• Mike Gronstal  This email address is being protected from spambots. You need JavaScript enabled to view it.
    • Liz Mathis  This email address is being protected from spambots. You need JavaScript enabled to view it.
  • Organize a group of like-minded friends and come to Capitol with t-shirts, signs, and talking points.  You then can ask to talk to legislators, but be courteous.
  • Pray for women in these tough situations.
  • Give dollars to crisis pregnancy and non-profits who help the under resourced of our culture.
  • Talk about the issue more.
  • Show your ultrasound pictures if you have any.
  • If you are pregnant, find out your baby’s gender and name the baby while still in the womb.  This could become a trend that would draw attention to unborn babies.
  • Vote pro-life, and/or demand your legislator honestly consider when a life begins.
  • Ask your favorite issue oriented lobbyist group to organize a rally at the Capitol.

Let’s re-engage in the pro-life effort!

UBER

The Iowa House of Representatives passed a bill this week allowing Uber and other electronic ride-sharing services to operate legally throughout the state.  The vote was 95-5.  The bill would establish uniform insurance requirements for ride-sharing companies throughout the state, set up requirements for drivers and provide consumer protections.  Ride-sharing services operate through a cellphone app where users can request a ride from a driver registered through a company, such as Uber or another ride-sharing service.  The app then alerts an available driver, who can accept the request.  The passenger pays for the ride with a valid credit card through the app, with no cash exchanged.

The House bill would also require a company to have insurance for its drivers between the time the driver turns on the application until they turn it off.  During the “app-on” stage, when a driver has the application on but has no passenger in the vehicle, the company must provide insurance for the driver.  While the passenger is in the vehicle, the bill would raise the minimum insurance requirements. 

The House bill, like other cities and states, is favoring the term “transportation network companies” (or “TNCs”) to classify Uber and its competitors like Lyft and Sidecar apart from cab, limousine or chauffer services.  A TNC is defined as a service that does not own vehicles or employ drivers but relies on software to connect passengers with drivers.  The bill now goes to the Democrat-controlled Senate, where it needs to win at least committee approval before the close of next week to remain eligible to become law.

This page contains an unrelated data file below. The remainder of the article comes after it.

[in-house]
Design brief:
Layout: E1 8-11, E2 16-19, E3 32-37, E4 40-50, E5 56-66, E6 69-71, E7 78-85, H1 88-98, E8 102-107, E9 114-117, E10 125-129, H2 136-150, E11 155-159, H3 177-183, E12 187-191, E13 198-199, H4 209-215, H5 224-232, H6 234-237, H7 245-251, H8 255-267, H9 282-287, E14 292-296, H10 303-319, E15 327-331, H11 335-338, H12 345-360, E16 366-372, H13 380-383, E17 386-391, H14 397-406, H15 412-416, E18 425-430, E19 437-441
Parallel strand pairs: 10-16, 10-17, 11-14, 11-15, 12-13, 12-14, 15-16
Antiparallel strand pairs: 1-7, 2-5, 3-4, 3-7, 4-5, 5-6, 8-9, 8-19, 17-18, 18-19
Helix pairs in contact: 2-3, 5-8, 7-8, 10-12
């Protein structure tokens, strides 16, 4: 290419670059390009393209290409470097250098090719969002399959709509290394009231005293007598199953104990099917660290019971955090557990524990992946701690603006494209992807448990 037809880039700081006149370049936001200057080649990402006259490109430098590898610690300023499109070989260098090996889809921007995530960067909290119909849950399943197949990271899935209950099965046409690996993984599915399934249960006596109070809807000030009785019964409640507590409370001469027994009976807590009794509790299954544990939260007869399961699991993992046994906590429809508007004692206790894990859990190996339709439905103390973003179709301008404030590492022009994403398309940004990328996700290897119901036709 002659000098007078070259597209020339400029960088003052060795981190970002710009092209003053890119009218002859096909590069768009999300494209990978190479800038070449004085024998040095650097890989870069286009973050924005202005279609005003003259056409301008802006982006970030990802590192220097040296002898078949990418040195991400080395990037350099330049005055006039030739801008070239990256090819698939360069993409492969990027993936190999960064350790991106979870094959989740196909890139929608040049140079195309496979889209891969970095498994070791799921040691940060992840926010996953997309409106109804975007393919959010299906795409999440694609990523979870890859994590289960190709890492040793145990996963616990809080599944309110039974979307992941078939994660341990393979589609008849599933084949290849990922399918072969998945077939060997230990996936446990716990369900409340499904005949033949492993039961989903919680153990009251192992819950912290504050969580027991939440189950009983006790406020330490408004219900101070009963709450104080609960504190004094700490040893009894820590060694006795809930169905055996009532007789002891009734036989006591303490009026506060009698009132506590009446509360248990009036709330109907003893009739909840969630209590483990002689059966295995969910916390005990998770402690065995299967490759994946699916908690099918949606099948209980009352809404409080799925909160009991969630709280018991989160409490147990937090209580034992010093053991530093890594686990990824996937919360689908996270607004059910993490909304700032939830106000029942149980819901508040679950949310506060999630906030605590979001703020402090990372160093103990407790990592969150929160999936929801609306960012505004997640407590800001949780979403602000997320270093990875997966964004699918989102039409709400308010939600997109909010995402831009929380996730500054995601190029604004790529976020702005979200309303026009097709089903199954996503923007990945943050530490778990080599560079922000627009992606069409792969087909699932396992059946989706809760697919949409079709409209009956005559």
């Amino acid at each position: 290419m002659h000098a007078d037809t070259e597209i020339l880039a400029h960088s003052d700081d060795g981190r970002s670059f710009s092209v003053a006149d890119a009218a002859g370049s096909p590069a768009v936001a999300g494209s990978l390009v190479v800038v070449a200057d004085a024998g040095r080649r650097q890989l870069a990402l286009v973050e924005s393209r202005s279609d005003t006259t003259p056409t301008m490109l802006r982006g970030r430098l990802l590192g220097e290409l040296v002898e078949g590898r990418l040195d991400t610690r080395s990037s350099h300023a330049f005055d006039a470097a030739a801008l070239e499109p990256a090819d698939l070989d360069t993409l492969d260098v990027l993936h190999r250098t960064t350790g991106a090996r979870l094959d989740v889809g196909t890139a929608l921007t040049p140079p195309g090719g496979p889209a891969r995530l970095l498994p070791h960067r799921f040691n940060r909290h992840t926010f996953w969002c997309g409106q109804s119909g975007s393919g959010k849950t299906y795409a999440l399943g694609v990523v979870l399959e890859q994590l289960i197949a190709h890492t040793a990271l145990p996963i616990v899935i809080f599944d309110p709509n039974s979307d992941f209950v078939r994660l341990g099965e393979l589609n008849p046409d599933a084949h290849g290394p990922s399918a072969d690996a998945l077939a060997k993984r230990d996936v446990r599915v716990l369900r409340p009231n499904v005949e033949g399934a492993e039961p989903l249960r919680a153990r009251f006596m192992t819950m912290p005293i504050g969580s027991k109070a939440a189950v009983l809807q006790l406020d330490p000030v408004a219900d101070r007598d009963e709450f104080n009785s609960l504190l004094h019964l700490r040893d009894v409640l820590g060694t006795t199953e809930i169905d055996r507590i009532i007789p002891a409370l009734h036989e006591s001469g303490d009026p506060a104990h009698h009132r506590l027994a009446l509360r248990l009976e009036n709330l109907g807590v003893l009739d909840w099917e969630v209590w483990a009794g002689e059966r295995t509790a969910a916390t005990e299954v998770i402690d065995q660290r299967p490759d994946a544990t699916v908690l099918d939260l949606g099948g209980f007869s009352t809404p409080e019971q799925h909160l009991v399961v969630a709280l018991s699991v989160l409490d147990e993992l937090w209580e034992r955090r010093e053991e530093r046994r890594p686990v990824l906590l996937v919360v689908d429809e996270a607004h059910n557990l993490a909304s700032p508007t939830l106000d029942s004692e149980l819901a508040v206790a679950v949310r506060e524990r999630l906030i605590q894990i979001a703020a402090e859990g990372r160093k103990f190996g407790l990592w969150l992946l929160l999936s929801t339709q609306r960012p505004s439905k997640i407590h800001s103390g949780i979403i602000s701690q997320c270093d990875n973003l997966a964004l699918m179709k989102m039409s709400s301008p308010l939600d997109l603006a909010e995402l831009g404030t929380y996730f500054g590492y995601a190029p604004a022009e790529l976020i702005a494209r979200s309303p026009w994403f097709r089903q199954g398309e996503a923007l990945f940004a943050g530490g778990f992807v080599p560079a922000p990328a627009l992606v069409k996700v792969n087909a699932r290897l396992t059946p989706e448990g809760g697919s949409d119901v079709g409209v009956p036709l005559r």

Firework Sales in Iowa

This week the House Ways and Means Committee passed House Study Bill 161 out of committee with a vote of 15-10. The bill provides for the legal sale and use of novelties and consumer fireworks within Iowa.

Currently, it is a simple misdemeanor to sell or use fireworks in the state of Iowa. However, there is currently a process by which a permit can be granted by a County Board or the DNR for a professional fireworks display. The current definition of fireworks (requiring such a permit) includes everything from traditional fireworks to firecrackers and roman candles.

This bill maintains the current permitting process for display fireworks but provides a new process for consumer fireworks.  In the bill, two classes of consumer fireworks are defined. Retailers who devote 50 percent or more of their retail space to first-class consumer fireworks sales will pay a fee of $400. Retailers who devote less than 50 percent pay a fee of $200. Community groups who sell first-class consumer fireworks are required to pay an annual fee of $200. The bill requires retailers or community groups who only sell second-class consumer fireworks to pay an annual fee of $25.

The bill provides that consumer fireworks can be sold at permanent buildings year-round and in temporary structures from June 13 to July 11 annually. It also provides that consumer fireworks can only be sold to individuals that are 18 years or older and can be used only between 9am and 10pm—except on Memorial Day, 4th of July, Labor Day, New Year’s Eve, and weekend days near these holidays. On these specific days, consumer fireworks are allowed between 9am and 12:30am the following day.

House Study Bill 161 allows a county board of supervisors to adopt a resolution to suspend the use of display fireworks (but not consumer fireworks) based on public safety. Additionally, a city council may by resolution suspend the use of consumer fireworks, display fireworks, or novelties based on public safety.

The effective date of the bill is June 1, 2015. House Study Bill 161 now moves to the house floor for further consideration.